First Hit #1: February 11, 1989
Straight Up is one of those songs that makes a career. For Paula Abdul, it made a new career. Abdul was probably best known for being a choreographer at this point in her career, something that is reflected in the somewhat self-indulgent tap-dance intro to the video for Straight Up – tap dancing is often self-indulgent. There was nothing wrong with her choreography career up to that point – she did the piano scene in Big, that’s a pinnacle right there – but for whatever reason she decided to become a pop star, and it was fantastic. Abdul made a perfect pop single in Straight up, a demand for clarity in a relationship that is also exciting, fresh and unique, in spite of it not being that far off from any prevailing trends. Abdul made something fun, and she had impeccable instincts – I’m not sure her voice has amazing range, but she knows exactly how to get the most out of it, and she has made a song that plays to her strengths as a singer above else. It’s an earworm, and it manages to feel fresh and exciting without going too far from what people want from their ’80s hits. Whatever she’s done in her career since, this is the song that changed her from Paula Abdul, choreographer, to Paula Abdul, star.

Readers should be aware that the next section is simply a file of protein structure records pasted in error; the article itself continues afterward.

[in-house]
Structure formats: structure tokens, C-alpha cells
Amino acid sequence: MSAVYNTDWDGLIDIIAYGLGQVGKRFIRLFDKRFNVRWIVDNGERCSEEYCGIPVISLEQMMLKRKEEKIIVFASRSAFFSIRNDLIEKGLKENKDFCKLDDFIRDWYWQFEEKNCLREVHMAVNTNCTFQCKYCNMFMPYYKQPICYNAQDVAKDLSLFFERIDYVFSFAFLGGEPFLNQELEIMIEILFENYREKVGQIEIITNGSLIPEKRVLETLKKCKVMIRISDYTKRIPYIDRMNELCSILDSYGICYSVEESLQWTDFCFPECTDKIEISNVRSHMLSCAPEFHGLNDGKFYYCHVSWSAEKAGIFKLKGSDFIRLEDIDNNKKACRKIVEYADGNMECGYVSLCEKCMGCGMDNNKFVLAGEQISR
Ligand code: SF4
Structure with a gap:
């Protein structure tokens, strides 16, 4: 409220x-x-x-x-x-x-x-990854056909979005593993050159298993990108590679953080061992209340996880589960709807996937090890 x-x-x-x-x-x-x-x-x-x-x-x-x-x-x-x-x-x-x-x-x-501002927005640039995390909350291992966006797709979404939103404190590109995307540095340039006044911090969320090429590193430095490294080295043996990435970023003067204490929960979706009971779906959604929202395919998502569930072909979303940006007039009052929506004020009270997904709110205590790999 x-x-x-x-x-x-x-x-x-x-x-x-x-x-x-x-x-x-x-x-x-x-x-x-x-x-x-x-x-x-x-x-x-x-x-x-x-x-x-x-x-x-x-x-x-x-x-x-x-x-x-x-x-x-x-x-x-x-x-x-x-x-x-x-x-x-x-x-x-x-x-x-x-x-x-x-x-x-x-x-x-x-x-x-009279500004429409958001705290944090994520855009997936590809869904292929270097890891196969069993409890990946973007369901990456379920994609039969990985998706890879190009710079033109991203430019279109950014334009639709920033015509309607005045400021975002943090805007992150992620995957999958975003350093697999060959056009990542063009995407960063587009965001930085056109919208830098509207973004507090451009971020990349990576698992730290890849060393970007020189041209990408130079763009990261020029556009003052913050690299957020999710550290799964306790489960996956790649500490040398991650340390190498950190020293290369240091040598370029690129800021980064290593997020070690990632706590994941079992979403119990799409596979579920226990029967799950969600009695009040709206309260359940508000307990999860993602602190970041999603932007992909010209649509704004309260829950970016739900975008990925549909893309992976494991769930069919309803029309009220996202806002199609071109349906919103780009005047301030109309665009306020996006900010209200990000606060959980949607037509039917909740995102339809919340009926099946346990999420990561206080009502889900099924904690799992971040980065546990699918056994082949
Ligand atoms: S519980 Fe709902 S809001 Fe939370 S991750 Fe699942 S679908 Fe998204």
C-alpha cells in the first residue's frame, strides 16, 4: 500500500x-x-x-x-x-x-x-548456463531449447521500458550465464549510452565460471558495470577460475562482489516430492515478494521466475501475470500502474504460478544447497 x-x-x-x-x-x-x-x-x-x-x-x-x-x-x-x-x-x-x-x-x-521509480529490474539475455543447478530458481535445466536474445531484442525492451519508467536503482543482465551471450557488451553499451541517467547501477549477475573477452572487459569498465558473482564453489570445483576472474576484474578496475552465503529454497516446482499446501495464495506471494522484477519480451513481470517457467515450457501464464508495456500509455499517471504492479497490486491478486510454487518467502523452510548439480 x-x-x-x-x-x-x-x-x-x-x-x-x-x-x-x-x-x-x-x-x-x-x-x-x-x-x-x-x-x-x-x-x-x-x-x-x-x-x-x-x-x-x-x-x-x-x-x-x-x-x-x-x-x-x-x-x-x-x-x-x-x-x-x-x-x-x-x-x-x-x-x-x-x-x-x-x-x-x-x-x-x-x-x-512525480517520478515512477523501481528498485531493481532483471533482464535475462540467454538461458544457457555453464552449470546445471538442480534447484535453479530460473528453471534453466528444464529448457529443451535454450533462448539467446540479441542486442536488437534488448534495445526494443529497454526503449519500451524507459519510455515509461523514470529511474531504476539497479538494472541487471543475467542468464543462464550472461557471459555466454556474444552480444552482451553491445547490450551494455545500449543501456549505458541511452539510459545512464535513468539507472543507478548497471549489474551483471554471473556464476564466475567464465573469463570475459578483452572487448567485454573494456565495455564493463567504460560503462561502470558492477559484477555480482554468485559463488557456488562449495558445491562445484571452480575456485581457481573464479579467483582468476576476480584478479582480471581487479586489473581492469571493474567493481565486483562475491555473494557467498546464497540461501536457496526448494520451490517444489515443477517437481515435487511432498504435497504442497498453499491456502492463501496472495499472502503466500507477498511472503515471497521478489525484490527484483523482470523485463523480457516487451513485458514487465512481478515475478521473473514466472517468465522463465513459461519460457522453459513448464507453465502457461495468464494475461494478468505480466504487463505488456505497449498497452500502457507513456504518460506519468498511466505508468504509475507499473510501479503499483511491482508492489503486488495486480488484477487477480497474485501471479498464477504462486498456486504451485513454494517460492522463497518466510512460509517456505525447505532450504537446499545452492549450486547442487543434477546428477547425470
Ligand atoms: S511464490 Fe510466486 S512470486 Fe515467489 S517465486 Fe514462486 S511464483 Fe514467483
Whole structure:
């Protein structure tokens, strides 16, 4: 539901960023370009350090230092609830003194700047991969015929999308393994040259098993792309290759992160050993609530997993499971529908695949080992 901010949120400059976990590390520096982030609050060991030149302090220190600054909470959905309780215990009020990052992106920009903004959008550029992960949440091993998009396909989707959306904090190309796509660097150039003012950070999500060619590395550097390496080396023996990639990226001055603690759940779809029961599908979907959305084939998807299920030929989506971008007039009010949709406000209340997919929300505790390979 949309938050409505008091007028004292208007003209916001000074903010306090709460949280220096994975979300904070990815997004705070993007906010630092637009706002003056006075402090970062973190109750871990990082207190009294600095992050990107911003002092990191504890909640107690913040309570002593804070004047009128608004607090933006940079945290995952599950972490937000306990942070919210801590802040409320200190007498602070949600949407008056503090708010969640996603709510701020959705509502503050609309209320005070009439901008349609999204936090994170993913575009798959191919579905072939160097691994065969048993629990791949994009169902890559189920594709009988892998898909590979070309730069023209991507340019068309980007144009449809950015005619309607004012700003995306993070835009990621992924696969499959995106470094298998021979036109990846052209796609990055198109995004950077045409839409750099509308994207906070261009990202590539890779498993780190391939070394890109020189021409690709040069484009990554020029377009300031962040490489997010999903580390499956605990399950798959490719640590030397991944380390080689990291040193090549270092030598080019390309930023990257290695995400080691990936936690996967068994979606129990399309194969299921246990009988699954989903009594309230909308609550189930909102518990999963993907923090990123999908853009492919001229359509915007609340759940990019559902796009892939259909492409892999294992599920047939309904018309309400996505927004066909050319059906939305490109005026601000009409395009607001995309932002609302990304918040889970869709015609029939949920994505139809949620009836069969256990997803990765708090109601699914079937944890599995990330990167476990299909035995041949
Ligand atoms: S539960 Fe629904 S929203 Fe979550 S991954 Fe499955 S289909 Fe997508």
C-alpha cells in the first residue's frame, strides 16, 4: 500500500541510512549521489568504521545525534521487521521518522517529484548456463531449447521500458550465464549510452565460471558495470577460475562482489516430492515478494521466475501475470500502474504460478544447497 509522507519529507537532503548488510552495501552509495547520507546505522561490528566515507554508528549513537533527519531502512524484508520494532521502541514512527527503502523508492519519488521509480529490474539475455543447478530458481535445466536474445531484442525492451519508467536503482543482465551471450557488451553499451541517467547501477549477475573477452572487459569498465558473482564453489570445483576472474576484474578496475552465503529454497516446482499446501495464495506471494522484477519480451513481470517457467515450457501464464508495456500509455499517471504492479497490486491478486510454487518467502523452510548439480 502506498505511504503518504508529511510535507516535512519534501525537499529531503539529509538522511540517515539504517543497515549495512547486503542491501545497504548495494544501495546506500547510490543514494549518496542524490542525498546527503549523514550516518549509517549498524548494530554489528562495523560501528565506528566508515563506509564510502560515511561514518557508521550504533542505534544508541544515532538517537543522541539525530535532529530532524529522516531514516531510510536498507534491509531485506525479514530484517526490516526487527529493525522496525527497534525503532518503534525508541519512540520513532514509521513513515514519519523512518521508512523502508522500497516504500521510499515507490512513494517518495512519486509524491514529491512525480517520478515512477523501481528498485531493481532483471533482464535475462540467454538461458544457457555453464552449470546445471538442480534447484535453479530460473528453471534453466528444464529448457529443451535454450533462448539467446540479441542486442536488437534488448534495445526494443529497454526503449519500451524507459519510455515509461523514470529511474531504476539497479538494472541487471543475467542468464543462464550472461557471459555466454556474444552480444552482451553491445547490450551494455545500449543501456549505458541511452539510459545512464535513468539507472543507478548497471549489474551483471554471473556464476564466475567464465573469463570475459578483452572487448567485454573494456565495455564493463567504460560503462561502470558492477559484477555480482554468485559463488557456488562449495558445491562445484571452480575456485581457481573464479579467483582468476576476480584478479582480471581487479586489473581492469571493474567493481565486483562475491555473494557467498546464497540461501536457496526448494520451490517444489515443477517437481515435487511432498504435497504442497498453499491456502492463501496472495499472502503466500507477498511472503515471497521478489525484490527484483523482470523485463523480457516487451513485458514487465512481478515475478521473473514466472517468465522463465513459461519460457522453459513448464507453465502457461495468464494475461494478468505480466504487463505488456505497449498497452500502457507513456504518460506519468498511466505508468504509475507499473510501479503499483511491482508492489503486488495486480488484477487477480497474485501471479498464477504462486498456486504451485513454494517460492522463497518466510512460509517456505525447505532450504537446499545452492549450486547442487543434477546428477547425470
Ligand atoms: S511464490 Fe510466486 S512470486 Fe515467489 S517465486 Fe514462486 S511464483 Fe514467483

First hit #1: February 4, 1989
Listening to When I’m With You, I thought there was something wrong with the recording. I remembered the chorus being louder, hitting harder, and having more vocals. Then I realized, oh wait, my house isn’t filled with drunk people, that’s why. Sheriff has made the best song for drunk people, a ballad with a big, easy to remember chorus. Well, sure, for most people it’s just a bit of slurring between the words “Baby” and “You” but that doesn’t matter. It’s a song that engenders a certain community spirit, because it’s big, dumb, and a little bit fun. Which might seem to be an unkind thing to say about an eminently sincere love song, but who doesn’t go drinking with people they love in some way? It’s still totally perfect.